Industry Update
Creating Miracles Out of Infertility - The Impacts of Infertility and the Controversy on Assisted Reproductive Technology
BY: Dr. Roy LauApr 18, 2024
Dr. Roy Yuen Chi Lau, PhD, DBA

Editor-in-Chief, V·Pulse

Dr. Mohsin Roshan, MSc, MD

Doctor at the National Health Services (NHS), United Kingdom (UK)

Infertility has been recognised by the World Health Organisation (WHO) and World Bank as a significant disability and impairment of function. Around 15% of couples are affected by infertility globally', and 1 in 6 local couples suffers from this issue2. Given that people are more often delaying marriage, the incidence of infertility has gradually increased in recent decades3. Apart from being a medical issue with psychological consequences, infertility also imposes sociocultural impacts on the affected couples. Thanks to the advancement in reproductive medicine, various assisted reproductive technology (ART) modalities have been developed to facilitate pregnancy. Nonetheless, this also initiated ethical and legal debates. The objective of this article is to outline the multifaceted adverse impacts of infertility, and discuss the ethical and legal dilemmas of ART.


Infertility -A Social Disease

Inferhhty is consIdered when couples faIl to concewe naturally after 12 months of regular sexual intercourse without contraceptives. The condition can be classified into primary and secondary infertility. Primary infertility is denoted for those females who have not conceived previously, whereas secondary infertility is defined as the inability to conceive or carry a baby to term after previously giving birth4.


Infertility affects over 48.5 million couples worldwide5. A population-based study by Zhou et al. (2017) reported that the prevalence of infertility among couples of reproductive ages in China reached 25%6. In Hong Kong, it has been reported that 1 in 6 couples suffers from the problem2. Given that fertility declines naturally with increasing age, the incidence of infertility has grown exponentially due to a delay in marriage and pregnancy in recent years. By virtue of the potential medical and psychosocial consequences of infertility, the WHO has recognised the condition as a specific disease entity and coined it as a social disease7.


Diagnosis of Infertility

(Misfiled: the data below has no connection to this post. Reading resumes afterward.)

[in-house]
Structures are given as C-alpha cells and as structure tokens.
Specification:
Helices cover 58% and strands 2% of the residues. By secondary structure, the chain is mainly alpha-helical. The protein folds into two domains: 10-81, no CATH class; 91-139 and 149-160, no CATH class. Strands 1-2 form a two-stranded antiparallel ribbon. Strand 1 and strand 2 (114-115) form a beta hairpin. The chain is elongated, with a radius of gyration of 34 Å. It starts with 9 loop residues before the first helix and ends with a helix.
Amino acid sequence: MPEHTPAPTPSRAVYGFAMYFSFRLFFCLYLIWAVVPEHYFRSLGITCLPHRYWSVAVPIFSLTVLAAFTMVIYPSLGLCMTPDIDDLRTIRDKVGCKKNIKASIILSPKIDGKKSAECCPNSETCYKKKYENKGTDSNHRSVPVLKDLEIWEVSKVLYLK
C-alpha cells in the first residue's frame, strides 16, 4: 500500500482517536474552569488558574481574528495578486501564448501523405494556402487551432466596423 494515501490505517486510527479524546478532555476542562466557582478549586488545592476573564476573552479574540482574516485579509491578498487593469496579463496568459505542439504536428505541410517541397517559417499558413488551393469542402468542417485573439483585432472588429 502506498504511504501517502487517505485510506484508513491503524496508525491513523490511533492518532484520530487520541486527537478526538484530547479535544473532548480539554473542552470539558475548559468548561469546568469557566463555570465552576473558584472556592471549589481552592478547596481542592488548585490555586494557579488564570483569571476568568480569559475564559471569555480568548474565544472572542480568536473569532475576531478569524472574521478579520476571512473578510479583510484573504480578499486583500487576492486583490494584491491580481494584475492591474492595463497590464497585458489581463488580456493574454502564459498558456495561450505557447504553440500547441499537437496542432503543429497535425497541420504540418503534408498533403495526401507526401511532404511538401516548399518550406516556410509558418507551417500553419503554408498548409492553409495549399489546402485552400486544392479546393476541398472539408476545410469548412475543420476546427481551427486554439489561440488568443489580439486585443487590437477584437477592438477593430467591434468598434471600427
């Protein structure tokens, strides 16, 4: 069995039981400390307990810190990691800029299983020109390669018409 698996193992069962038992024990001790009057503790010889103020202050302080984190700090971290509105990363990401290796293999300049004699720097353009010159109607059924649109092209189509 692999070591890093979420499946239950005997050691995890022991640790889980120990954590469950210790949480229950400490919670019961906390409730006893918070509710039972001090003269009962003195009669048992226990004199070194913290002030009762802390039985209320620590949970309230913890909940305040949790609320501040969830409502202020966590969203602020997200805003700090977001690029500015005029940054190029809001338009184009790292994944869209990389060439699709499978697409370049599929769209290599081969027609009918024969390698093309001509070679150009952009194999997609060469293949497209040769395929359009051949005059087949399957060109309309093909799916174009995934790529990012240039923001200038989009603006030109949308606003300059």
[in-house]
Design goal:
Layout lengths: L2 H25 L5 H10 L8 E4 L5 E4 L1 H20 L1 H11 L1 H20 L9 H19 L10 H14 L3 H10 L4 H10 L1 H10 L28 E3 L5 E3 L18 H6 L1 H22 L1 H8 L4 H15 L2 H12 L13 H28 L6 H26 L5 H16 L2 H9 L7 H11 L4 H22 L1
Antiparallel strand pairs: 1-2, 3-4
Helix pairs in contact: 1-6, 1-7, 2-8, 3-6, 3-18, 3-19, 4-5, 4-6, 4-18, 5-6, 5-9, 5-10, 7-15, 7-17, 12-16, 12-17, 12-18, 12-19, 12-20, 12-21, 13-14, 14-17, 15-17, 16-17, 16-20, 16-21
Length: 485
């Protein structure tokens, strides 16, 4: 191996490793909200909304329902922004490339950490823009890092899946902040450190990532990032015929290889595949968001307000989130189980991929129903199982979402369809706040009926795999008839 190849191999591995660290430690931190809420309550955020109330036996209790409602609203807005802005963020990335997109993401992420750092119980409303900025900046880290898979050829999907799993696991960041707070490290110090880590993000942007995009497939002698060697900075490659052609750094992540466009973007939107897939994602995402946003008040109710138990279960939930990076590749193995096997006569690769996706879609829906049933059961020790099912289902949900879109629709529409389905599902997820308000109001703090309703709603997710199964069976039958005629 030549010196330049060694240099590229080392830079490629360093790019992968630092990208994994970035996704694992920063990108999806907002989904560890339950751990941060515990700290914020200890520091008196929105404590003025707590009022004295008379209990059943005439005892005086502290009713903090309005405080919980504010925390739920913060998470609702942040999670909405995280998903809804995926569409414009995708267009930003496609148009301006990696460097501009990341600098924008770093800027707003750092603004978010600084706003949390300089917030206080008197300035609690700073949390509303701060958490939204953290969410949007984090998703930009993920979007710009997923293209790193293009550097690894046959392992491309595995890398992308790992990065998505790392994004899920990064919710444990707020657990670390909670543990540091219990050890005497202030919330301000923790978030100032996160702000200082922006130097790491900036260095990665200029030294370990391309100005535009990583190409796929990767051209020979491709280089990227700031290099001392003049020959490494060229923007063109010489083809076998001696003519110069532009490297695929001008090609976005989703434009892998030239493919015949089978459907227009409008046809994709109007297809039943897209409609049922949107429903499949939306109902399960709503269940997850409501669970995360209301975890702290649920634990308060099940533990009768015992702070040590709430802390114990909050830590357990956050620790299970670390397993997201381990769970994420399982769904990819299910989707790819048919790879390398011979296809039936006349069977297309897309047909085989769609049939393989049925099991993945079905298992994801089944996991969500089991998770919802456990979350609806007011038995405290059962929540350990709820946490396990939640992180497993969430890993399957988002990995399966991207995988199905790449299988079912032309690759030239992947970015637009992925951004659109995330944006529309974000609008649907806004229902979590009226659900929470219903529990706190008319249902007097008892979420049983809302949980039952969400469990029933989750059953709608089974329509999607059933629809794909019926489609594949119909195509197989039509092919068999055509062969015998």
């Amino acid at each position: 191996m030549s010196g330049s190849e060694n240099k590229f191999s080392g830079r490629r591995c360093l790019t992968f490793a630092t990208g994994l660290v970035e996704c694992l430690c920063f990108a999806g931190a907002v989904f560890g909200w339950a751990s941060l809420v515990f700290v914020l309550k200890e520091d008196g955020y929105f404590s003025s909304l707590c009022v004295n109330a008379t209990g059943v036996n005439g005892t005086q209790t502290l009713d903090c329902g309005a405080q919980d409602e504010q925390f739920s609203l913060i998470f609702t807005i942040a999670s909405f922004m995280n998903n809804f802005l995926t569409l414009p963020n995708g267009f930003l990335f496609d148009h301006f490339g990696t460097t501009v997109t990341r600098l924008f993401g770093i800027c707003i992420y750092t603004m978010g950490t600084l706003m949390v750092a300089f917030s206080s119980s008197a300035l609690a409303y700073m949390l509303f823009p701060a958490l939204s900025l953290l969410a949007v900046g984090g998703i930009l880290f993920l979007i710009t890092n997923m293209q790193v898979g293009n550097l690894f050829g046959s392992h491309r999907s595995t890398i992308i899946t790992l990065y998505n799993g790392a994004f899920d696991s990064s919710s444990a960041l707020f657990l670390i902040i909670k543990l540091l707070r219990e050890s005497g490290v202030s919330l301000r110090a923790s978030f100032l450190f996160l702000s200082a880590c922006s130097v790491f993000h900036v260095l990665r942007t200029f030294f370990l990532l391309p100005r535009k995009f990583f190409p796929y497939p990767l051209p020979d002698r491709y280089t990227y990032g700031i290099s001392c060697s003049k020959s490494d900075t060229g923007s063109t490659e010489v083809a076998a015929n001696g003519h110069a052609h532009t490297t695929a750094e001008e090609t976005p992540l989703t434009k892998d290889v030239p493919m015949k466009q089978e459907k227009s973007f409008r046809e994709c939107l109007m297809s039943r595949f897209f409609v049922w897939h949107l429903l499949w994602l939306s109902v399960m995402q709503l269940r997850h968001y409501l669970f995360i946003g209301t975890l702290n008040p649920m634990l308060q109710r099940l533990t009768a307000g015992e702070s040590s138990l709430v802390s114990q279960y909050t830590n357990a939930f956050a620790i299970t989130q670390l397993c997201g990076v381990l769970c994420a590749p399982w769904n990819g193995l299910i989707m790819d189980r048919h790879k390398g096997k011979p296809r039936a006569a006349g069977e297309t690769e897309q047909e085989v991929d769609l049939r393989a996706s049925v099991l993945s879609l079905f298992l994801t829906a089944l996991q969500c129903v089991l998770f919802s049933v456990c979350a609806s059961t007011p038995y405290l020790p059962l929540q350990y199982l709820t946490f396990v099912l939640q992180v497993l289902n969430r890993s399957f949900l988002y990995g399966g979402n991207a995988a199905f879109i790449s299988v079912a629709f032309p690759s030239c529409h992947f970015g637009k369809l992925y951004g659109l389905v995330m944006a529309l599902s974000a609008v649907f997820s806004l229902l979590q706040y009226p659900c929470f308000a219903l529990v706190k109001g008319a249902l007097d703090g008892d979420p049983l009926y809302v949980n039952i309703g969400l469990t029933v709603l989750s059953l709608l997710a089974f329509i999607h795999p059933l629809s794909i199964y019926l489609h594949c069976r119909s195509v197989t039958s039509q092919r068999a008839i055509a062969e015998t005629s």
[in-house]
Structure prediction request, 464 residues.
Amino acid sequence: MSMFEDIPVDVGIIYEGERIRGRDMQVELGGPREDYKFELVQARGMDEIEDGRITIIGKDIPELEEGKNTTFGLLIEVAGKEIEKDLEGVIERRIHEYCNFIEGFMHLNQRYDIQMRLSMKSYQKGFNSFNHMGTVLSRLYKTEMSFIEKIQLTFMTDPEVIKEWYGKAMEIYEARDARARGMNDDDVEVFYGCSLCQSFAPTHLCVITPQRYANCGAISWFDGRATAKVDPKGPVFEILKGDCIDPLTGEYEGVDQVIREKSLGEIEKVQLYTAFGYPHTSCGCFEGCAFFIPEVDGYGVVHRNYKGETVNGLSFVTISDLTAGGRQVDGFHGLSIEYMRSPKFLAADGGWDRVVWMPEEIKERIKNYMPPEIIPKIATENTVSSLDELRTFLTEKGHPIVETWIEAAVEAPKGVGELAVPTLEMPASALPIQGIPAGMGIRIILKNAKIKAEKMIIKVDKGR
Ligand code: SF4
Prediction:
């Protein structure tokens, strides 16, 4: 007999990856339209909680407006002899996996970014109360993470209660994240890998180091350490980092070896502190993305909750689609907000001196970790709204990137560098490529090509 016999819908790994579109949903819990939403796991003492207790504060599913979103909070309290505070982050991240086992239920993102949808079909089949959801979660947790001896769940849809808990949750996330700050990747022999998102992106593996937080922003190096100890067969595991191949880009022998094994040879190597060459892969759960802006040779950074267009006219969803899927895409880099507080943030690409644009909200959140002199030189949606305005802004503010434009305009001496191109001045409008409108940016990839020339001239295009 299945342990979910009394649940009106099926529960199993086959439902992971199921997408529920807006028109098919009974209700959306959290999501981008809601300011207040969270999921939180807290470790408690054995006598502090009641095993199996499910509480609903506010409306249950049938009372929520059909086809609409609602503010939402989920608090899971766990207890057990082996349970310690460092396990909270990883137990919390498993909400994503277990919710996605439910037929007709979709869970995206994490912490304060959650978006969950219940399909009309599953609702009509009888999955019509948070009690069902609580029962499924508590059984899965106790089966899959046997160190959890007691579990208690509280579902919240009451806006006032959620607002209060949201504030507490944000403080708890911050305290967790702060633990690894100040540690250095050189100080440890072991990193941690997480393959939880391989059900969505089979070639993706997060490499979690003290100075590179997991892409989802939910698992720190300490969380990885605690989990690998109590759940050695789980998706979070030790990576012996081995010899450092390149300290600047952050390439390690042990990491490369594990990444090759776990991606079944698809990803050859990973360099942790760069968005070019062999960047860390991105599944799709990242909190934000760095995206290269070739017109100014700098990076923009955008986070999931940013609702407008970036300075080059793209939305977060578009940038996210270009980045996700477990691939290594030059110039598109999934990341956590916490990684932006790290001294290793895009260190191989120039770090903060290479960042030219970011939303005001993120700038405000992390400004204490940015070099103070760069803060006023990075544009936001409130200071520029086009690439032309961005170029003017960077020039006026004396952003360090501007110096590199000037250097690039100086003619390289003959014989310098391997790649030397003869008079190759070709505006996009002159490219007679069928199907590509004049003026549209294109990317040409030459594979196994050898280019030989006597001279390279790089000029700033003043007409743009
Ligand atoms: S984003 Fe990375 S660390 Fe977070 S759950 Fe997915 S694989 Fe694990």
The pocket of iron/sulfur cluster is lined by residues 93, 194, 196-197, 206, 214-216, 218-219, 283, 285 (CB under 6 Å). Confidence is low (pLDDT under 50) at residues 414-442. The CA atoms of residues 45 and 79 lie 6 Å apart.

While infertility is a multifactorial condition, its clinical diagnosis can be challenging. The first step of the diagnostic process is to collect an extensive case history of the couple with fertility problems, which includes collecting information on the duration of infertility, past medical and surgical history, as well as previous drug or alcohol abuse. For the female partner, details in menstrual pattern, the number of previous pregnancies and outcomes are essential, whereas the potential of impotence in the male partner has to be evaluated7.


Apart from the case history, a series of laboratory tests are required to confirm the diagnosis of infertility. For the male partner, semen analysis provides information on sperm production, and maturation, and the ejaculatory process". In contrast, assessment of structural (tubal patency and uterus) and biochemical status (tests on ovulation and evaluation on the levels of prolactin, thyroid-stimulating hormone (TSH), and progesterone) is essential for the female partner (Figure 1)7.


Figure 1. Infertility evaluation7, ICSI: lntracytoplasmic sperm injection


Infertility Is Not Only a Female Problem

According to the WHO, female infertility accounts for 37% of infertile couples. Ovulatory disorders are the most common identifiable factors of female infertility, accounting for approximately 25% of infertility diagnoses, followed by endometriosis and tubal infertility, defined as either obstructed fallopian tubes or the inability of the tubes to pick up an oocyte from the ovary due to pelvic adhesions9.


On the other hand, male factors, such as hypotestosteronism or low sperm count, have been reported in 35% of infertile couples. Azoospermia, i.e. ejaculate does not contain sperm, can be either due to obstructive or non-obstructive causes. Obstructive azoospermia is commonly due to an obstruction of sperm transport, whereas the most common cause of non­obstructive azoospermia is primary testicular failure10.


Remarkably, male infertility often co-exists with male sexual dysfunction (MSD). Generally, MSD can be divided into low sexual desire, erectile dysfunction, ejaculatory disorders, and orgasmic dysfunction, which adversely impact a male's psychosexual function and various quality of life domains11.


A Closer Look at Infertility-related Consequences

Infertility is not only a physiological problem. Instead, it is also a psychological consequence that should not be excluded. Former reports suggested that females are more adversely affected by infertility than males. Traditional beliefs advocate that the responsibility to reproduce and carry on the family legacy falls on females, particularly in the Chinese community. Hence, infertile females often feel inadequate females if they are unable to conceive12. The pain and loss associated with infertility frequently result in adverse psychological outcomes.